13 ways to better manage stress

Stress is our body’s natural response to threat and danger. When we experience an event we perceive as stressful, our fight or flight response is triggered and our adrenal glands produce cortisol, the stress hormone. This prepares the body for action. [1]

As it is a natural response, small amounts of stress can be beneficial; stress can help us stay focused and motivated. However, problems arise when we’re stressed for long periods of time (such as when a global pandemic breaks out!) Prolonged stress can wreak havoc on our blood sugars, lead to digestive problems and lower our immune system.

Here are 13 tips to better manage stress. Sit back, relax, and read on:

1. Reduce caffeine consumption – reducing the amount of caffeine you consume can help reduce stress as caffeine is a stimulant.

2. Practice mindfulness or breathing exercises – focusing on your breath and taking some time out can help to focus your mind and help you to become calmer.

Try this guided bodyscan from the comfort of your home:

Browse over 100 guided meditations in the Low Carb Program.

3. Focus on good nutrition – eating a variety of foods and focusing on eating a good quality diet is especially important to help to keep the immune system healthy.

4. Make a list – An ordered mind is a less stressful one. Write down everything you are worried or stressed about, as writing it down can often help to alleviate some of the stress and worry.

5. Exercise and yoga more – keeping the body moving, going for a walk or exercising at home can help in releasing those endorphins and taking the mind of why you might be stressed.

6. Talk about it – talk about how you feel! You might at first be worried about talking about how you feel but often people find that sharing their worries can help the weight to lift off.

7. Join a support network or stay connected – the Diabetes.co.uk Forum is home to hundreds of thousands of people. It is a hugely supportive network, and crucially, you can talk, share and socialise without the risk of spreading viruses! Self-isolating doesn’t mean you have to feel isolated.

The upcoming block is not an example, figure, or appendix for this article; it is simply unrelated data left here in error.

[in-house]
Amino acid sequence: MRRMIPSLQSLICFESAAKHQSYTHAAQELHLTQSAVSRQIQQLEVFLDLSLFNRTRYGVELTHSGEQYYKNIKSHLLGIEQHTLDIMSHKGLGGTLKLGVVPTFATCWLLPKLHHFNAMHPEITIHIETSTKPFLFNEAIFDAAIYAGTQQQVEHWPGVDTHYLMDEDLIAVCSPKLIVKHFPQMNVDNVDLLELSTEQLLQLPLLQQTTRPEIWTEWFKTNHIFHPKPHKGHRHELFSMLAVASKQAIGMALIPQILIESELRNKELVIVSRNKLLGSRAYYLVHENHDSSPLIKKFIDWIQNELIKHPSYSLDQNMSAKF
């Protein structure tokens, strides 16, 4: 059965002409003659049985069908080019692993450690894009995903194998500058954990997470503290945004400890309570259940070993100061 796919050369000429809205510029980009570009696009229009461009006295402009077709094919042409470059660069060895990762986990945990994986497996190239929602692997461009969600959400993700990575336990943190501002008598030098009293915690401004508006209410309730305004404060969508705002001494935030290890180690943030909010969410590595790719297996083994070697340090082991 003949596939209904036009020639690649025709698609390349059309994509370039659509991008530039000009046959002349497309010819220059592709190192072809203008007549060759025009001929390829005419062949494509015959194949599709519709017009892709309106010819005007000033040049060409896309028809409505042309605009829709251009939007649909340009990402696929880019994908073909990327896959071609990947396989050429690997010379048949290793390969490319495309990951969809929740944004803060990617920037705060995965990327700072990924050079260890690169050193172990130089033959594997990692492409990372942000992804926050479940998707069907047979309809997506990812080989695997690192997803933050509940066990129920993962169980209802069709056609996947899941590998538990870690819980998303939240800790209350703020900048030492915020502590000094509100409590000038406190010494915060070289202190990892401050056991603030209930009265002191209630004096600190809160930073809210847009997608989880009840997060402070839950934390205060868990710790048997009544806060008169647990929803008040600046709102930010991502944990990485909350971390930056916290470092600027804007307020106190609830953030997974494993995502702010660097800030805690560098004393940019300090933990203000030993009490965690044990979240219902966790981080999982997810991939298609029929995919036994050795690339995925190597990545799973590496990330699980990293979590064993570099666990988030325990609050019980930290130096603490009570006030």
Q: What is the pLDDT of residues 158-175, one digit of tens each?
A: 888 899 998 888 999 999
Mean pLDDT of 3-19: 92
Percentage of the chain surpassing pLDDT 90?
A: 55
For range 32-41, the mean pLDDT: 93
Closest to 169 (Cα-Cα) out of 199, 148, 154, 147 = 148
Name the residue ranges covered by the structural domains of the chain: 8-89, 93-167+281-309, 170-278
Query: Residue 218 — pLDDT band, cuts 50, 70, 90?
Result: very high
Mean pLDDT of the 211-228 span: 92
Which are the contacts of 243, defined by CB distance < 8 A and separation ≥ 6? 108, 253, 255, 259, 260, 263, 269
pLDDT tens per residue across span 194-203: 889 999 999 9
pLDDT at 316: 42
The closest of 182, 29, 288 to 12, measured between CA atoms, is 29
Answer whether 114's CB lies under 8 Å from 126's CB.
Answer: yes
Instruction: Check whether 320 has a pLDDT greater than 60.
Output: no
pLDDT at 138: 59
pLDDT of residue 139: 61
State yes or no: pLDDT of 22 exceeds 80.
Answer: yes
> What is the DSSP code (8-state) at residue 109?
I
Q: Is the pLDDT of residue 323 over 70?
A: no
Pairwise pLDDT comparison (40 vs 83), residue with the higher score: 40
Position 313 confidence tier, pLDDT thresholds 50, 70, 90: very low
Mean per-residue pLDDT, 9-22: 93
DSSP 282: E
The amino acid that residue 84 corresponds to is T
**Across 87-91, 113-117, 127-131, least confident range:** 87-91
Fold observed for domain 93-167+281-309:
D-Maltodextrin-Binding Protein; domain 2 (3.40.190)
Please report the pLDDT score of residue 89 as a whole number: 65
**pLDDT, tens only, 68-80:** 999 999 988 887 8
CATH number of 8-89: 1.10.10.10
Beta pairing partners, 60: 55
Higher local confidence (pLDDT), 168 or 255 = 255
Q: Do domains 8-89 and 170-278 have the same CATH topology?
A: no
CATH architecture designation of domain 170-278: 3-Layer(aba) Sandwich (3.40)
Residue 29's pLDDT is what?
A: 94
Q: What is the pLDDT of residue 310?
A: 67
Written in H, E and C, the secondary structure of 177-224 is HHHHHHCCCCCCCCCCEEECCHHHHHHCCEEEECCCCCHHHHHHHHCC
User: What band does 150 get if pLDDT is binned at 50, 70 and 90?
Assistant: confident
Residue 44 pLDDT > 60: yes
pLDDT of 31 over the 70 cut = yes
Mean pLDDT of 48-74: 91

8. Take breaks from the news, or social media – absorbing a constant flow of the latest news can be alarming and exhausting. Taking some time away from this might help to manage your stress levels and focus your mind on brighter things.

9. Take time to unwind – Dedicating time during the day to look after yourself isn’t a waste of time – it’s a necessity! Read a book, run a bath or simply just sit down.

10. Get a good night’s sleep – aim to get 8 hours of sleep a night as both your brain and your body need the rest.

11. Practice gratitude – each day think about 3 things you are grateful for that day. Doing this first thing in the morning or last thing at night can help to frame your mindset for the day ahead or before you go to sleep.

12. Host a virtual gathering – being creative with how you get together with friends and family can be challenging. Why not try hosting a virtual gathering such as an online quiz or simply just taking the opportunity to talk to each other and engage.

13. Get creative – whether it’s painting, colouring or card making, arts and crafts and being creative can allow you to be expressive with your emotions and might help in channelling your stress into creating something.

[1] Sapolsky, R. (2001). Why zebras don’t get ulcers. New York: W.H. Freeman.

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